*When you think you’re being really good to artists, be better. Be kinder. Be more indulgent. Big them up more. Let them worry about something with you. Don’t get exasperated when they’re not worrying, they’re just sharing. Even though it sounds really similar to worrying. Know how to tell them they’re not the best person for a particular task without them thinking you’re telling them they’re shit at everything and that you wish you weren’t working on their project. Make them let other people do stuff with their project. Show them that you love their project every bit as much as they do. If you don’t there’s no way of blagging this bit. Then you need to work with a different artist. Or they need to work on a different project. Allow time for over-thinking things, and use tough love effectively but sparingly. A team of a few loyal friends achieves way more, way more efficiently than anyone could on their own, but also more than an army of organisational departments could too (except if you’re talking about the Olympics opening ceremony). Small is beautiful. And it means something. And it matters.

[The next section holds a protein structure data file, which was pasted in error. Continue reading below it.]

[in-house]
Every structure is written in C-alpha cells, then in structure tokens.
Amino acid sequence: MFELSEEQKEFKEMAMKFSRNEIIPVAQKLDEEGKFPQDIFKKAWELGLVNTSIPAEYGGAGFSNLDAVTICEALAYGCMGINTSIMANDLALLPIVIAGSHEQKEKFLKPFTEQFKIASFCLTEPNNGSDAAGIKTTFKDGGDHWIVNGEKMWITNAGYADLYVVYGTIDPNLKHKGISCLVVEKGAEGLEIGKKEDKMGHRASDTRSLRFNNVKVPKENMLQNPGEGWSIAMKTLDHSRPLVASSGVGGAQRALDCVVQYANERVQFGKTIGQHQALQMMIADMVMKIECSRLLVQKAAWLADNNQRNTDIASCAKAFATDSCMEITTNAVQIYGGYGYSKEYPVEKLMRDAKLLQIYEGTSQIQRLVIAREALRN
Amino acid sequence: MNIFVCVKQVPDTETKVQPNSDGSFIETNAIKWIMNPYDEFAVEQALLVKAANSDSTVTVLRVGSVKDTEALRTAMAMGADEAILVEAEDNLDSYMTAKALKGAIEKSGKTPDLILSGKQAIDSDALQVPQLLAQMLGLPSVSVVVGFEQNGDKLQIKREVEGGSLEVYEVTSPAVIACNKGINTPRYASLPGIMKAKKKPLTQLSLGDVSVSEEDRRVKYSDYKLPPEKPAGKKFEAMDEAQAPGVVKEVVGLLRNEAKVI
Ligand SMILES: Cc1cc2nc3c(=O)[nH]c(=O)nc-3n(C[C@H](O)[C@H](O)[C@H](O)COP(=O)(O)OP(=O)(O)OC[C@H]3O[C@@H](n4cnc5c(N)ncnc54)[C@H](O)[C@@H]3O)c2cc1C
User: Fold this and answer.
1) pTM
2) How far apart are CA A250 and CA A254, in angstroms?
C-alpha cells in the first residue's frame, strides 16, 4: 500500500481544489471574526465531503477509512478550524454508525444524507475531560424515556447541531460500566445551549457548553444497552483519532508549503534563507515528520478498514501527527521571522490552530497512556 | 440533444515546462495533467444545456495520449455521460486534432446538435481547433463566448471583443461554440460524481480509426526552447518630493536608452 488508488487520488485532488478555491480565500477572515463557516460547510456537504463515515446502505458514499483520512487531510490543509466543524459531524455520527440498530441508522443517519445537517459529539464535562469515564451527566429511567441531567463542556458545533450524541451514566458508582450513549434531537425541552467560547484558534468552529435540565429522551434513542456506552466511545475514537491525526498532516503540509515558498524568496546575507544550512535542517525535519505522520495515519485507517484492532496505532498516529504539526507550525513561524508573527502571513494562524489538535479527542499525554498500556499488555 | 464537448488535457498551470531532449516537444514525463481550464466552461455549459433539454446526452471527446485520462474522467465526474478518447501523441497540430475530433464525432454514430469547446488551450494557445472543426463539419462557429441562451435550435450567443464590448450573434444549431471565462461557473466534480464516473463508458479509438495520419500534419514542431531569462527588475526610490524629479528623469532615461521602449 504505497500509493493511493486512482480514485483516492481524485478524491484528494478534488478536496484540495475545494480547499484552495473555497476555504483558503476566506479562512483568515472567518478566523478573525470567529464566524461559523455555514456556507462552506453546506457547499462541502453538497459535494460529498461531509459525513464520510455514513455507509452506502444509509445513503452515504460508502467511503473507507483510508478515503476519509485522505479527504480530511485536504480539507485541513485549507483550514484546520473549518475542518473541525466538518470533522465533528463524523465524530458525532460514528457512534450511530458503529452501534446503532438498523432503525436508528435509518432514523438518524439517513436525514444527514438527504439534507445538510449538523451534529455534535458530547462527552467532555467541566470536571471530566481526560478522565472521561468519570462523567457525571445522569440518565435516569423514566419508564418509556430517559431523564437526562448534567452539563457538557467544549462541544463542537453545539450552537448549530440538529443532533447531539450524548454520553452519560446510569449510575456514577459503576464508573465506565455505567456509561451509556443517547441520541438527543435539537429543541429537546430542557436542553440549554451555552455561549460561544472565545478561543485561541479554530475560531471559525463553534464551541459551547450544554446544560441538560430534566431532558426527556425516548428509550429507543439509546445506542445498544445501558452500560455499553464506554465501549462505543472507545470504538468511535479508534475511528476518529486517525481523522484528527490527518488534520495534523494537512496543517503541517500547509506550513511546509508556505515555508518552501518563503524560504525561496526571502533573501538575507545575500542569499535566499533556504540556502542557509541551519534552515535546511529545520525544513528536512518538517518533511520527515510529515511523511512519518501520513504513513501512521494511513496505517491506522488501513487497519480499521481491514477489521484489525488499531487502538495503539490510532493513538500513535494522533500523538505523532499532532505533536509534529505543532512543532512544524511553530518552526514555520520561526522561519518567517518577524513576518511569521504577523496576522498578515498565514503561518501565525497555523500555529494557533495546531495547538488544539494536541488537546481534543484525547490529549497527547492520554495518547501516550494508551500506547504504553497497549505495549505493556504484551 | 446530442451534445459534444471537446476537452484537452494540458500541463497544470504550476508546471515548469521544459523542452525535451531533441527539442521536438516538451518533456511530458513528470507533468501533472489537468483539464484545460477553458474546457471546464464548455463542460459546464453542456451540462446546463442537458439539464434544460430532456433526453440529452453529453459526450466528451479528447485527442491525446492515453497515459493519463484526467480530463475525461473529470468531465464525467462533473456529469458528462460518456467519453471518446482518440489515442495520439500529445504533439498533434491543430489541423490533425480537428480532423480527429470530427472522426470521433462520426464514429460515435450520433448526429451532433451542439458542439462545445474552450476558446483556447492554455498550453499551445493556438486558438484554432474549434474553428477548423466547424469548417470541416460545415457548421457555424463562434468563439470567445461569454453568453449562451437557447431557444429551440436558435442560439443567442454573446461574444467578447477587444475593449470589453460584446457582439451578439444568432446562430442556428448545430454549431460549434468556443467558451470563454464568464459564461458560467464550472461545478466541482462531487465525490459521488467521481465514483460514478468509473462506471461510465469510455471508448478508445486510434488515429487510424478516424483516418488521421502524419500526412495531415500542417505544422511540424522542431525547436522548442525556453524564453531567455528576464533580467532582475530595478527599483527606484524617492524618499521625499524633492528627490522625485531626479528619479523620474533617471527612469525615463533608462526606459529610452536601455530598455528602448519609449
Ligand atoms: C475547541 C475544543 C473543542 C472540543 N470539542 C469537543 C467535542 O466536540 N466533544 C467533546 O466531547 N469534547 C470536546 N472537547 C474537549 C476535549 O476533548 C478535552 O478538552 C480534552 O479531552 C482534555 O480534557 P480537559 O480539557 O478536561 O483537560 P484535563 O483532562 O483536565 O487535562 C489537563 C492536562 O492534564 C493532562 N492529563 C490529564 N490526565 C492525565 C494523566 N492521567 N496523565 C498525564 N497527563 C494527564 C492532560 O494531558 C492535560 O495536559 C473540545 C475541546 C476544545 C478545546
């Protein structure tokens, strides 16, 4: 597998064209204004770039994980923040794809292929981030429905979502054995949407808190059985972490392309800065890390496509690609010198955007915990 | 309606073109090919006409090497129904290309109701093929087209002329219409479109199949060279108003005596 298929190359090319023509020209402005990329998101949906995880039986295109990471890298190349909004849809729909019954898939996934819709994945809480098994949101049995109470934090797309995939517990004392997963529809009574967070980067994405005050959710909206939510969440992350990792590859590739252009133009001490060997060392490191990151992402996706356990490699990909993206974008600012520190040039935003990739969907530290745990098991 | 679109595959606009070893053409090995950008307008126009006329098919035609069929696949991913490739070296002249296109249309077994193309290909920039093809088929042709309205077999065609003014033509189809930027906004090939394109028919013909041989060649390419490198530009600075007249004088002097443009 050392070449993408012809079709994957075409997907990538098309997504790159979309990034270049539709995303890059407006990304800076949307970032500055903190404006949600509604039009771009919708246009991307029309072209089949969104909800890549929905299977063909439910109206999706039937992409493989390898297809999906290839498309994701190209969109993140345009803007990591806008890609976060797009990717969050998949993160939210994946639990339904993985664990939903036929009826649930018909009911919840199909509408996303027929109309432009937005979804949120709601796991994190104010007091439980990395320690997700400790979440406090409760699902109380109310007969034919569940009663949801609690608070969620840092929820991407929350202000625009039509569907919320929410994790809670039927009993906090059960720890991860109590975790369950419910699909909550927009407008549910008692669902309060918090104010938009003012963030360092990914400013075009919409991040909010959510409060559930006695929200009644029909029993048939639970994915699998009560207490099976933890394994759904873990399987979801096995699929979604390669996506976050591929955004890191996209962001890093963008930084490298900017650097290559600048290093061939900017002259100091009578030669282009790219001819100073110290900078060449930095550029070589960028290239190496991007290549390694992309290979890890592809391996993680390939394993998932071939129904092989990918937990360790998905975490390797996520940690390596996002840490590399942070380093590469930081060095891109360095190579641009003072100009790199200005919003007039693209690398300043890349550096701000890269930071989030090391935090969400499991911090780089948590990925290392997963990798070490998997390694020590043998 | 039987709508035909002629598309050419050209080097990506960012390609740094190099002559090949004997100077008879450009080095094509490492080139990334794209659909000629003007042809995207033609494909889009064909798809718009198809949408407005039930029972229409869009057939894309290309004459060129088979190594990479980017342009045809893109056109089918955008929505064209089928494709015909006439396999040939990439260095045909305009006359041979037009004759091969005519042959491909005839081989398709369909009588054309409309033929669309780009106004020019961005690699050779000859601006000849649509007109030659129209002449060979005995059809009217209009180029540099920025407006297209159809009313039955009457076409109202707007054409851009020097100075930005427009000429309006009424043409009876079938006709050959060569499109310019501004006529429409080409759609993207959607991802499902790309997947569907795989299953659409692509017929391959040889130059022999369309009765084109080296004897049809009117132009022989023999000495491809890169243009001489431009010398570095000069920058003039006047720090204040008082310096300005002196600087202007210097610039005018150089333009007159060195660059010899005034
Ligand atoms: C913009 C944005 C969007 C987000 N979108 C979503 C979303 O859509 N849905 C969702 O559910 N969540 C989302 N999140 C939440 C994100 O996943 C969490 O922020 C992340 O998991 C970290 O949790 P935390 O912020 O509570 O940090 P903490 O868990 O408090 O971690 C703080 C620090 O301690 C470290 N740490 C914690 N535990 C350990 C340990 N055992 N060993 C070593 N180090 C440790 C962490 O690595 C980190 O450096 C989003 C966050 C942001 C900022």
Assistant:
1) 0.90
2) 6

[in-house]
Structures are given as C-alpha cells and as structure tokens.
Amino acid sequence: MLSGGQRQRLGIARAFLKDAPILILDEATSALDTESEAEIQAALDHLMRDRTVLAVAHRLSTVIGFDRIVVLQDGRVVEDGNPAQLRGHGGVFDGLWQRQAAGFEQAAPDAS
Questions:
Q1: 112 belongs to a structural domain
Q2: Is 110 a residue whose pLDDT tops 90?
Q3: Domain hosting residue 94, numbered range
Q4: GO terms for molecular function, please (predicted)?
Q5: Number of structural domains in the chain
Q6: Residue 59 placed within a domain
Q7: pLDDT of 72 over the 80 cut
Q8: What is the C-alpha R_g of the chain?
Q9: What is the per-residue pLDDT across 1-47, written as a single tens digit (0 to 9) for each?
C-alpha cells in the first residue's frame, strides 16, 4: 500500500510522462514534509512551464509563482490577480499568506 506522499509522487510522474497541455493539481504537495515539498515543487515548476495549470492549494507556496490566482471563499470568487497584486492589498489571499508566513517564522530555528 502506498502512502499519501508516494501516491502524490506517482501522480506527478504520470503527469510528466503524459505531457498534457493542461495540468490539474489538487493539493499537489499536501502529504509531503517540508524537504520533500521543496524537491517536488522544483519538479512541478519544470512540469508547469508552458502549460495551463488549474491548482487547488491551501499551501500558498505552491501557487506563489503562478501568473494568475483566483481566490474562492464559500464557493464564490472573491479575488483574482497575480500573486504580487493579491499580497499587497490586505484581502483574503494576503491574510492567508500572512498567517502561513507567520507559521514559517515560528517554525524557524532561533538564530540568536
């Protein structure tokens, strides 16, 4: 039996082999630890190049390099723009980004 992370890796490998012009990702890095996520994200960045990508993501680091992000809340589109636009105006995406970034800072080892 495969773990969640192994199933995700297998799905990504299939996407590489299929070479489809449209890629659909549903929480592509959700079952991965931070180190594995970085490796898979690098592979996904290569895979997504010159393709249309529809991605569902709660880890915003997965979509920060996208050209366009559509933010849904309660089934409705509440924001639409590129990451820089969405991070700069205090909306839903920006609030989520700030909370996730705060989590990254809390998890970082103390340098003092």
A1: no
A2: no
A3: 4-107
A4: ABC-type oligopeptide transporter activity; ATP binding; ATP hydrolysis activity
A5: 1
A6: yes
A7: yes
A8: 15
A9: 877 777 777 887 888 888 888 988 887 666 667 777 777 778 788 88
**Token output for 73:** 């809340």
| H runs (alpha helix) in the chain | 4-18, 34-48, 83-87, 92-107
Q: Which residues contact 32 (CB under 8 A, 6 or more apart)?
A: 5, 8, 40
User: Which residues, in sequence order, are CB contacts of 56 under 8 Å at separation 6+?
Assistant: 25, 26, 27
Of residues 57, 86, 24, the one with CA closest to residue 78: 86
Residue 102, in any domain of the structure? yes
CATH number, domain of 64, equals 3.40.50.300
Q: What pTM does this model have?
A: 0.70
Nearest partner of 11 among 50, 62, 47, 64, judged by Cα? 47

Some things that I’ve learned and the people I’ve learned them from

October 19, 2013

I owed a favour to a production manager. As all producers do to all production managers almost all the time.

The production manager called the favour in. Or rather, she asked if her Dad could call it in instead. And so I find myself wondering what theatre producing nuggets of interest I might share with the local rotary club as their guest speaker this month – the production manager’s Dad being their newly elected president.

My train of thought has ended up dwelling on some of the most valuable things I’ve learned and the remarkable people I’ve learned them from. The things I try and put into action, the tenets I try and work by. The things which have resonated so deeply with me that I’ve clung on tight to them and never let them go. The things which I hope make me better at what I do.

Some of them are lessons I’ve learned of old; some of them are inspired by people I’ve only come to know recently. Some of them contradict each other. In the main they’re things I’ve learned through working with or alongside these good, good people at the coalface. Some for a short time only, others for longer. Or through experiencing them first-hand in some way. They’re not theories that have been spouted to me or things these people are maybe even aware that they’ve taught me. They are not quotations. They’re mostly things I’ve inferred from seeing a little of the way they forge their way through the world.